There are many points where the prose didn't convince me too much - better said, got me kind of tired. Also some part of the story, say where the (not a) novelist seems to have a direct effect on the diary, sounded a little 'fake' to me. Nevertheless, I have to admit that the overall plot caught me and surprisingly, as a matter of coincendences, I was also feeling as a part of the plot itself. So, it would deserve half a star more than the three I'm awarding....Continua
Un bellissimo libro scritto a due voci, quella violenta e disperata della sedicenne Nao, tornata nel “suo” Giappone dopo un’esperienza nella Silicon Valley a causa del lavoro del padre, e quella pacata e senza più grossi entusiasmi di Ruth, scrittrice newyorkese che per amore vive in una sperduta isola canadese.
Li unirà un diario, portato dello tsunami del 2011 dall’altra parte del Pacifico e la vita e la filosofia della bisnonna di Tao, monaca buddhista zen
The story is very smart, but I'm afraid I'm not smart enough to understand the details *.*
The biggest disappointment of the year in terms of expectation and actual payoff. Were it not for the ambition I sense in the undertaking and the apparent commitment that went into the attempt to fulfill such ambition, judging by the book itself and the highly unenjoyable reading experience it made for, this would have only gotten one star from me.
The story starts off nicely with the monologue of a Japanese girl in the heart of Tokyo, writing to an unknown opposite across time and space while wondering about such enduring mysteries as the reader-writer relationship and promising explosive follow-ups of suicide and the life story of her 104-year-old great grandmother. Cut to the second chapter and we immediately get the receiving end of the communication- a woman with Japanese heritage living in Canada who found the diary of the girl in the most rudimentary message-in-a-bottle-fashion. She starts to read, and a to-and-fro between continents and circumstances begins. The set-up is simple but has its appeal, it's just that what comes after in this 400+ page book is so maddeningly affected, broad, exploitative, condescending and plain old boring.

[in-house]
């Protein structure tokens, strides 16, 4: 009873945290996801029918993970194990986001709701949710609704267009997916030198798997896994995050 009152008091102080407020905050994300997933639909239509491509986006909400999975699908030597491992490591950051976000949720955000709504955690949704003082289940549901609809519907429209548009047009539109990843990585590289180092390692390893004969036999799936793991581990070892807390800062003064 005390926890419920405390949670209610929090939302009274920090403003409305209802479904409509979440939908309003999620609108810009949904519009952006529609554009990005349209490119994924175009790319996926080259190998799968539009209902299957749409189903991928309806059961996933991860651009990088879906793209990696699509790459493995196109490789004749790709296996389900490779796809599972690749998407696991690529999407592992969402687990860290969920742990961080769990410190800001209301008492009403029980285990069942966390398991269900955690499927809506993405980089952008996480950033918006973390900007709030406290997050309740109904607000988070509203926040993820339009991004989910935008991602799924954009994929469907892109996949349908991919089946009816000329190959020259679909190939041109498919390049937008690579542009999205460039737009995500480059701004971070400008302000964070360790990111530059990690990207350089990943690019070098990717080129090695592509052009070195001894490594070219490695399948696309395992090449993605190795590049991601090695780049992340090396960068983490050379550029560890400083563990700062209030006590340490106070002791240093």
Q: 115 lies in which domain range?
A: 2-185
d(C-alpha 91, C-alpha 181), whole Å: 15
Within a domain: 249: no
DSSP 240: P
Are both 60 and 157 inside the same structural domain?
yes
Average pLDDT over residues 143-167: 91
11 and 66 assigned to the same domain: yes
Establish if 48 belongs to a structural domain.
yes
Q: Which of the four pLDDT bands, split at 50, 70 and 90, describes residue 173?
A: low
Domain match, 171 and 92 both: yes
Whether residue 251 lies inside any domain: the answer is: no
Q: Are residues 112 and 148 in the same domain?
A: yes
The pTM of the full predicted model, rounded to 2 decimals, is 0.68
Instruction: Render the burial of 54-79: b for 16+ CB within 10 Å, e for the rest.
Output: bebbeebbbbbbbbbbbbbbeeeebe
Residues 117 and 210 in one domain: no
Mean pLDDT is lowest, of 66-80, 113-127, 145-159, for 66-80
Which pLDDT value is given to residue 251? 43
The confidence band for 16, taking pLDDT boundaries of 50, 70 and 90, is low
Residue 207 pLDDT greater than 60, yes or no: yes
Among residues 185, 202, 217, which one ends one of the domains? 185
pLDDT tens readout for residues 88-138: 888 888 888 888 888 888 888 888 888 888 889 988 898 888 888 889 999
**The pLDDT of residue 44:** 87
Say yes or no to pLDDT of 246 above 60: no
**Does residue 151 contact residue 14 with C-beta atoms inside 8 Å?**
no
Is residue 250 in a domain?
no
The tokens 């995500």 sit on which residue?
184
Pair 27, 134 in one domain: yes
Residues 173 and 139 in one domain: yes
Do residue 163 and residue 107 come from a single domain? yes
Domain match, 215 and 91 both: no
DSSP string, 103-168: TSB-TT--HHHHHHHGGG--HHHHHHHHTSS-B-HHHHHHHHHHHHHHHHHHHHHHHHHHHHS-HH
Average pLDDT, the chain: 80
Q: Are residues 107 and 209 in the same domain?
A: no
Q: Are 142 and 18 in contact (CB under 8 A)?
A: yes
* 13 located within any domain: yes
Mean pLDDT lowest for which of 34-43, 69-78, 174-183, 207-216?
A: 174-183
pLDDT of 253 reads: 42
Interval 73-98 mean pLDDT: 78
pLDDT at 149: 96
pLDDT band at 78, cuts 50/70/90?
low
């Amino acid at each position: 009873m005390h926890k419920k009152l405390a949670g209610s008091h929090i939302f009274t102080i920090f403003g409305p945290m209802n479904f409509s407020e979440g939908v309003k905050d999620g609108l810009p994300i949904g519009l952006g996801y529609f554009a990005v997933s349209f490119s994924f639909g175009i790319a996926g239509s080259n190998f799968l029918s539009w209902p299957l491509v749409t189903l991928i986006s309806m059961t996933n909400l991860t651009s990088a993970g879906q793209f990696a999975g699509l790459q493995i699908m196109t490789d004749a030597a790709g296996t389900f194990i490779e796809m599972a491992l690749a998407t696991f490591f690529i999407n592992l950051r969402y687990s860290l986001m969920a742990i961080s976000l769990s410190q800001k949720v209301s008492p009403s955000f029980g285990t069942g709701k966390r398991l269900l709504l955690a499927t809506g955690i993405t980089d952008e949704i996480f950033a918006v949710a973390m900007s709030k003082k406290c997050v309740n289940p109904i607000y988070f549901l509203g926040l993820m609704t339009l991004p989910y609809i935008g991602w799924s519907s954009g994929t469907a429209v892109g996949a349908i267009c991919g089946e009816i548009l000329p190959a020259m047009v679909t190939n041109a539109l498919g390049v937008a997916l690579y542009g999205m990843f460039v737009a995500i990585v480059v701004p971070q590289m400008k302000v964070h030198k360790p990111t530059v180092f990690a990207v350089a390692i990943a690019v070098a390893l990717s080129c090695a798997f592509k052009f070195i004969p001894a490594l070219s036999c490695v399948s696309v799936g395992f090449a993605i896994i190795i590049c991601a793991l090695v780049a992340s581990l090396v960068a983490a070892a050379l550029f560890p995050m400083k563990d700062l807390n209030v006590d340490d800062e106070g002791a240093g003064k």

The plot is not very well thought-through. Not only do the various subplots involving school bullying, parental suicide attempts, rediscovery of the great grandmother, bear no compelling inner-coherency to the ever-present philosophical/religious musings or the supposedly illuminating historical flashbacks of WWII atrocities, the very fundamental framing device of the narrative- one diary entry followed by one real-time reflection/speculation/explanation- just doesn't make any sense after about two rounds. The woman's determination to find out who's this girl and what happened to her doesn't lead to the very logical step of her reading straight through the diary, but her stopping herself after every single entry and wondering some more about the mysterious person. Trying to justify that with the woman's arbitrary wish to keep the same pace as the writing is not persuasive in the least and even then can't keep its own reluctant logic straight as both worlds still progress at obviously different rate. It's a basic structural decision for the sake of a parallel narrative, but its inherent nonsensical nature is endlessly annoying. Add to that the torrents of life lessons, epiphanies, comparisons, enlightenments all packed up in pretentious oriental wrappers and pseudo-spiritual teachings. And it just becomes all very patronizing and plastic. It's not that the Japanese language is not beautiful, but translating every second one of the Japanese words dropped all through the story doesn't make this story more sophisticated. It's just translation. Trying to glean some deep meaning from the words and somehow selling it as the achievement of the novel is lazy and cheap.
Eastern philosophy and Buddhist scriptures are beautiful and profound. Great tragedies like world wars and 911 are heartbreaking and life-changing. But without a good contexual set-up, those things don't belong together (I'm not even counting the French philosophies and the quantum physics that somehow also got dragged into the mix). Forcing a connection out of it all is shallow and leaves a bad taste....Continua
An unusual coming of age story. Nao in Japan writes a diary and Ruth in Vancouver (?) finds it and reads it. The story changes and develops as Ruth discovers more. It had so many levels and so much depth that it required far more attention than I gave it lying on a beach....Continua